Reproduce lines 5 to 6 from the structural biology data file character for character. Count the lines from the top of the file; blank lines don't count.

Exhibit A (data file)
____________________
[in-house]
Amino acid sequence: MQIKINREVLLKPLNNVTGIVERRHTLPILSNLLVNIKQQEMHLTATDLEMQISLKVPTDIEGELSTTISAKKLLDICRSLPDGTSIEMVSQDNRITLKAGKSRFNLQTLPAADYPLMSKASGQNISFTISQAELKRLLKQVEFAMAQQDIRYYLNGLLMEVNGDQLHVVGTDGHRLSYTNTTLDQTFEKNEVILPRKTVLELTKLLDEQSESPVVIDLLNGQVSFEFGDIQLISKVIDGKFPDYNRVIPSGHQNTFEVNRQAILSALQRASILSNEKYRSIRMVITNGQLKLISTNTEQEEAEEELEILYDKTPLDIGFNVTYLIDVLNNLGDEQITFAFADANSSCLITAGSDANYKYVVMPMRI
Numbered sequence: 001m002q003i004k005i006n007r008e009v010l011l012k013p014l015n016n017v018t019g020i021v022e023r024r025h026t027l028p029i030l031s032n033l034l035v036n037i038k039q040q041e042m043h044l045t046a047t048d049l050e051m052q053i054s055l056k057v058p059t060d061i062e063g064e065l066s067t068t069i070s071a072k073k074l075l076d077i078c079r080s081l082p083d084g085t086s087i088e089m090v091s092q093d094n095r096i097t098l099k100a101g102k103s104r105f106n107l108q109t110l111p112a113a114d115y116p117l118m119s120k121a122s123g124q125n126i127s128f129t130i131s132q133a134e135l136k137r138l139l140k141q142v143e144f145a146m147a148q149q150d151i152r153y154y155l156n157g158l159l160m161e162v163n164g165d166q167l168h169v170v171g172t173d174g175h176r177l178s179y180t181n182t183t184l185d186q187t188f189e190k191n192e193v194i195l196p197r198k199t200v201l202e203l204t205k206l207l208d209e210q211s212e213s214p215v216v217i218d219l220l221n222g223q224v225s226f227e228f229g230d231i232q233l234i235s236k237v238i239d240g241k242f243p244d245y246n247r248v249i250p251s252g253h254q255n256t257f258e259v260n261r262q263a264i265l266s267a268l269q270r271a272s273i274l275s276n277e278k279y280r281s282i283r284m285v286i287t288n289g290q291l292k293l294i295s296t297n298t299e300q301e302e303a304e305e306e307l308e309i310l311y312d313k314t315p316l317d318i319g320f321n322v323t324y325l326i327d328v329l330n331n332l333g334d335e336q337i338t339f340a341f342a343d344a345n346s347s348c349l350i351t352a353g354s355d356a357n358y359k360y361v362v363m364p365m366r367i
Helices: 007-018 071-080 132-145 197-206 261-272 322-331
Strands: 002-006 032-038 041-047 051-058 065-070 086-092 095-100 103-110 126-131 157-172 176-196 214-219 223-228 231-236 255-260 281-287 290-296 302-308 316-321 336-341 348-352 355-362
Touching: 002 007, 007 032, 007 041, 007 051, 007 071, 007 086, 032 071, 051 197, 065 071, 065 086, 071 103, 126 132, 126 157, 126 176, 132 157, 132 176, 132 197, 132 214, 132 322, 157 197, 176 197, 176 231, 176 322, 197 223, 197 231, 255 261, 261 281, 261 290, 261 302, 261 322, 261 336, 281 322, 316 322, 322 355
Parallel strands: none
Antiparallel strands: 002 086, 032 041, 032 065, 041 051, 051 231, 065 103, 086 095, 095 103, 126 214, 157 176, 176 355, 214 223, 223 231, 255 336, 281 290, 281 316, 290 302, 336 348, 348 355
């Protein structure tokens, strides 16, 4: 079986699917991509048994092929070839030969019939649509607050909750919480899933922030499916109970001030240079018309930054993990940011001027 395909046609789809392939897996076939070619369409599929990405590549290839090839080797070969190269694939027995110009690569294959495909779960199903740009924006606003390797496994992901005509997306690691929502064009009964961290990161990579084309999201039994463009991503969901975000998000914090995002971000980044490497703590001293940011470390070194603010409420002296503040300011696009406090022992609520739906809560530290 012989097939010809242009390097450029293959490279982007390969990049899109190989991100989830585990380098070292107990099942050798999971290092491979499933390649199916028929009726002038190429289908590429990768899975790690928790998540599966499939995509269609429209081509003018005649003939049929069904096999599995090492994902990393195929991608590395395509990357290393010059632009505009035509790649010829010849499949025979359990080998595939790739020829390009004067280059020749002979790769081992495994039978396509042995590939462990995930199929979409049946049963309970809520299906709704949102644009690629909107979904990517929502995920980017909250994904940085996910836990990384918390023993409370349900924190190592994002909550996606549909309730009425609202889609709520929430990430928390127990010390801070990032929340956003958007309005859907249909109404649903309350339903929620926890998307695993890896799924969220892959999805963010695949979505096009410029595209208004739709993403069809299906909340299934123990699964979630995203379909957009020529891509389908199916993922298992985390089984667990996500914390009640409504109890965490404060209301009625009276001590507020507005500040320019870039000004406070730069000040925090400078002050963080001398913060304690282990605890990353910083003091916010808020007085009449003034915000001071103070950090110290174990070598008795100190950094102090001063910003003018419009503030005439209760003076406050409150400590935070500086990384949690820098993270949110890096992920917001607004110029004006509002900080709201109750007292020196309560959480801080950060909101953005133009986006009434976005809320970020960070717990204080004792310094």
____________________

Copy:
Strands: 002-006 032-038 041-047 051-058 065-070 086-092 095-100 103-110 126-131 157-172 176-196 214-219 223-228 231-236 255-260 281-287 290-296 302-308 316-321 336-341 348-352 355-362
Touching: 002 007, 007 032, 007 041, 007 051, 007 071, 007 086, 032 071, 051 197, 065 071, 065 086, 071 103, 126 132, 126 157, 126 176, 132 157, 132 176, 132 197, 132 214, 132 322, 157 197, 176 197, 176 231, 176 322, 197 223, 197 231, 255 261, 261 281, 261 290, 261 302, 261 322, 261 336, 281 322, 316 322, 322 355